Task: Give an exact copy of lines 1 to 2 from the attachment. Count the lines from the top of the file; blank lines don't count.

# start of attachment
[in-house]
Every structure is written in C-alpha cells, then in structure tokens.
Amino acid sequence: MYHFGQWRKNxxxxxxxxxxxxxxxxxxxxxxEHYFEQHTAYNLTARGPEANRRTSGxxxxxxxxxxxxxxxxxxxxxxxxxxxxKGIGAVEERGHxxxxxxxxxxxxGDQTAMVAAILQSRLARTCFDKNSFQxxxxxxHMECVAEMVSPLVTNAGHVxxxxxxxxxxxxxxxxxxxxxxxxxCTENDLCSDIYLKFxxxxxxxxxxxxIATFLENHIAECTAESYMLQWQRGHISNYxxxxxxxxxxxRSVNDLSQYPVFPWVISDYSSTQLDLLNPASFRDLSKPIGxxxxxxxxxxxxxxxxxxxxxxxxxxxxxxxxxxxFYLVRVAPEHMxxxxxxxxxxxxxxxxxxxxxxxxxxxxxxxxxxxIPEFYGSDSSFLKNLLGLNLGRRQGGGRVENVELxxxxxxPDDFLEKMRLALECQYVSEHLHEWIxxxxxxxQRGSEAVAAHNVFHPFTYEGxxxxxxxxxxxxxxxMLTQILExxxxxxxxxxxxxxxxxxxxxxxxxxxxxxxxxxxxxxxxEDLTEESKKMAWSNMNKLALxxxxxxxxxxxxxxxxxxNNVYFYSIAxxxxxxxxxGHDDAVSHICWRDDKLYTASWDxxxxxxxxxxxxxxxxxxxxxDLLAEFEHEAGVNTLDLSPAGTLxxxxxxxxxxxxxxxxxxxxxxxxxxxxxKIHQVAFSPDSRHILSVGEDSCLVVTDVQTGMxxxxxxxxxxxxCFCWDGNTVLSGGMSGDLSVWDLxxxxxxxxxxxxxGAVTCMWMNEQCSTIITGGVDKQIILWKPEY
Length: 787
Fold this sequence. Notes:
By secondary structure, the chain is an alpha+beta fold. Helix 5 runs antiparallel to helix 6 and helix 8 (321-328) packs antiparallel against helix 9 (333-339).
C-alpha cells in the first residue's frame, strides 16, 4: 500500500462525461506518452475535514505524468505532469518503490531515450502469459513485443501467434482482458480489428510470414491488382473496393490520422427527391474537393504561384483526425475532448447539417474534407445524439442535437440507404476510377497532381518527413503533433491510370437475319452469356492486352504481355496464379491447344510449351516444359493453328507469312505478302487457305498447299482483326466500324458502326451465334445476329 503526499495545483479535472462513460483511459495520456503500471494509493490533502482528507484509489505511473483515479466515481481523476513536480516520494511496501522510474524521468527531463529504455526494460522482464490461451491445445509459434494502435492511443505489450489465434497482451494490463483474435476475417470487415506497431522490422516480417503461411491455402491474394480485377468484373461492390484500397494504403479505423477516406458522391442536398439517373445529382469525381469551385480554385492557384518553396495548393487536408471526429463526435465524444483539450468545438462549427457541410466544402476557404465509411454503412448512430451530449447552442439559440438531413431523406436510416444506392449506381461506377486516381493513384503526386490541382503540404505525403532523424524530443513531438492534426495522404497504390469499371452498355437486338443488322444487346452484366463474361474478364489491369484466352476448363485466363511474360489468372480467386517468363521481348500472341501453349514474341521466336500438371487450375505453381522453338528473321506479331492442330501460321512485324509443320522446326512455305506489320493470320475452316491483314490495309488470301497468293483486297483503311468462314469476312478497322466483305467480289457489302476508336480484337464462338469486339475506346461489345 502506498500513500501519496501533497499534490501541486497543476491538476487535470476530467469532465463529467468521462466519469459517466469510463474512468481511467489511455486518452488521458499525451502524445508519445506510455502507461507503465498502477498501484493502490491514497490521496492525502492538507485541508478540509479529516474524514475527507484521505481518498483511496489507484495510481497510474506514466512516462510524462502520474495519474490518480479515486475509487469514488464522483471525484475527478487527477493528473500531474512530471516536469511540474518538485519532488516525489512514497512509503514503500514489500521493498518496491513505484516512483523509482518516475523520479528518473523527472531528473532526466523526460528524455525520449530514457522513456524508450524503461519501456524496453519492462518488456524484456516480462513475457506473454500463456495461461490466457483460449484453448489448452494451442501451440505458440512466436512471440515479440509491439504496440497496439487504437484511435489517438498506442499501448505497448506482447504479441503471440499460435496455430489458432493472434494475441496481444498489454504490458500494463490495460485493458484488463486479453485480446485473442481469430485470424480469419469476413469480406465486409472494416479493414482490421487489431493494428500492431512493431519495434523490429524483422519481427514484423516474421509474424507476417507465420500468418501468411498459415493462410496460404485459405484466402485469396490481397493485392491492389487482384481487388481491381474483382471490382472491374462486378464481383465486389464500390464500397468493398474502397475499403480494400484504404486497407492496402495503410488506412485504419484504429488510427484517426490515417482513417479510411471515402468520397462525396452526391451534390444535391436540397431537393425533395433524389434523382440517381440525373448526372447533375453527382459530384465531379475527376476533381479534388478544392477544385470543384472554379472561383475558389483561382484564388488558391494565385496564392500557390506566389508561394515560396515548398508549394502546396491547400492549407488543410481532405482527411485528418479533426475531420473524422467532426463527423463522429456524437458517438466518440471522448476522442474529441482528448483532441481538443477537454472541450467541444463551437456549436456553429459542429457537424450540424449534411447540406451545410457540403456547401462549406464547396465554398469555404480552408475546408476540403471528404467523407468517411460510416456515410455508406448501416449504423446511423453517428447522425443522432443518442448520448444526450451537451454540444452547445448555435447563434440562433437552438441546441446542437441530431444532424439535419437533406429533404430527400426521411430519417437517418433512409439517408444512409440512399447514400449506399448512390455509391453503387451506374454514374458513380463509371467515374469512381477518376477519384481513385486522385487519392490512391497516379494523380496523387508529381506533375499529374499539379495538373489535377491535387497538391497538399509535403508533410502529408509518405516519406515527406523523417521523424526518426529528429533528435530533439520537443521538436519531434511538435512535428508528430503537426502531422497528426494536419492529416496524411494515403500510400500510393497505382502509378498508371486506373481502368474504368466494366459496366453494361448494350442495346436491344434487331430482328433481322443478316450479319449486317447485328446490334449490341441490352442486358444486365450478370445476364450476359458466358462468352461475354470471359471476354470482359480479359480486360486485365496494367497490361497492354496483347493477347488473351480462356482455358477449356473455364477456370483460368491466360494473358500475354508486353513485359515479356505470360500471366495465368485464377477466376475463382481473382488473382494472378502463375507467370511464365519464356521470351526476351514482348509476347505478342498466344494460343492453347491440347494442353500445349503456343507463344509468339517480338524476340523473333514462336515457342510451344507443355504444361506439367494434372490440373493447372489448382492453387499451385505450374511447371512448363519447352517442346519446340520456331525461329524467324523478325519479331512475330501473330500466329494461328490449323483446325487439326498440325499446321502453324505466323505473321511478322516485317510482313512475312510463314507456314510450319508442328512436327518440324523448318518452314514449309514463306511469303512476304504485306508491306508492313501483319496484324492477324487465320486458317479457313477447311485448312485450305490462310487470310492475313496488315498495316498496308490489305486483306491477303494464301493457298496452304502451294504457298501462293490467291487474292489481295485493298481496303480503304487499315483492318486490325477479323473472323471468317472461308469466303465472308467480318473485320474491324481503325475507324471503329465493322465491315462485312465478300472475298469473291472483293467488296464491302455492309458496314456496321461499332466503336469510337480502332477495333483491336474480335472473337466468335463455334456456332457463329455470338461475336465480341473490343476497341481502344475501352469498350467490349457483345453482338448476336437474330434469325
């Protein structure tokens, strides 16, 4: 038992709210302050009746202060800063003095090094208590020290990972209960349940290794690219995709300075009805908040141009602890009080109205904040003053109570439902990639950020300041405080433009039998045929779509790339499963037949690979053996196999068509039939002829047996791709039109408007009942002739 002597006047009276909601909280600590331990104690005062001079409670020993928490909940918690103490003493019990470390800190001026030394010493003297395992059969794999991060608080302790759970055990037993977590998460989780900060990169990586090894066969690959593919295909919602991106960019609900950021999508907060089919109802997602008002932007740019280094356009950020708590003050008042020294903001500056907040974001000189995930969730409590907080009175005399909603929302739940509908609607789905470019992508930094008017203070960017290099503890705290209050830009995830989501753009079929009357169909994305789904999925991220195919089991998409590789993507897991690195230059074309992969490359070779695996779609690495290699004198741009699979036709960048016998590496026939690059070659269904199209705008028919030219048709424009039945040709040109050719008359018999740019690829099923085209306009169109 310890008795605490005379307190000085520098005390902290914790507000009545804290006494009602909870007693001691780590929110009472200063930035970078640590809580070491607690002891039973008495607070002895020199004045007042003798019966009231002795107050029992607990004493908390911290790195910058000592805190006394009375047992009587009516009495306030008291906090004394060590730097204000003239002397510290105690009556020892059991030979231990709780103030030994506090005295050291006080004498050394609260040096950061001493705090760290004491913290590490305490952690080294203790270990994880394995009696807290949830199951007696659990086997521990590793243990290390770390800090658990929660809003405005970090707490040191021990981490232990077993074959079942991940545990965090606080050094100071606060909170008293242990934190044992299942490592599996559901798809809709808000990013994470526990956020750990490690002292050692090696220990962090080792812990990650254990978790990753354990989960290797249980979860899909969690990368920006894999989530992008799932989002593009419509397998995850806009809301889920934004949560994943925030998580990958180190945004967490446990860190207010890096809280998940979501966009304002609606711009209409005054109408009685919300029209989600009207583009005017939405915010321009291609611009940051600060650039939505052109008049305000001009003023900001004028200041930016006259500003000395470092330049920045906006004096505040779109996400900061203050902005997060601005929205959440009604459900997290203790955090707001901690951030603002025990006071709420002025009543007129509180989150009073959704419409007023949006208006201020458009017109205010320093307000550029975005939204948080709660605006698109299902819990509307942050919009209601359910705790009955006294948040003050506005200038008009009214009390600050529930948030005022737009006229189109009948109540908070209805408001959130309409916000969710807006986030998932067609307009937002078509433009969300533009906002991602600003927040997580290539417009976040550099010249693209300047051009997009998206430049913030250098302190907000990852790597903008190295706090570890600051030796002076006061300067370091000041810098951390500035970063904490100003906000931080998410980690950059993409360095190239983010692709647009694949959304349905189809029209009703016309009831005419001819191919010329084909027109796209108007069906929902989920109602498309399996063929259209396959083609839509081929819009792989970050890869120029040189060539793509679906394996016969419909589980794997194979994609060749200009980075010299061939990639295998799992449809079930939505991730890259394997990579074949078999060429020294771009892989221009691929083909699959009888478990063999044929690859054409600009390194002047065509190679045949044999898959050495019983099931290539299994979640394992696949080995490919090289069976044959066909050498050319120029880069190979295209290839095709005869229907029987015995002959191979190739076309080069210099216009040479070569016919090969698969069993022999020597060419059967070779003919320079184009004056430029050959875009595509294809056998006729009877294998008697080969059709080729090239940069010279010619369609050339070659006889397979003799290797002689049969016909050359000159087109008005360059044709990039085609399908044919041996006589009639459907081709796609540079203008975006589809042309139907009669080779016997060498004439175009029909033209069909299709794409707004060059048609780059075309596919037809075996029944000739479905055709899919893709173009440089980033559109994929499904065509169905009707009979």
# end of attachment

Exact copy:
[in-house]
Every structure is written in C-alpha cells, then in structure tokens.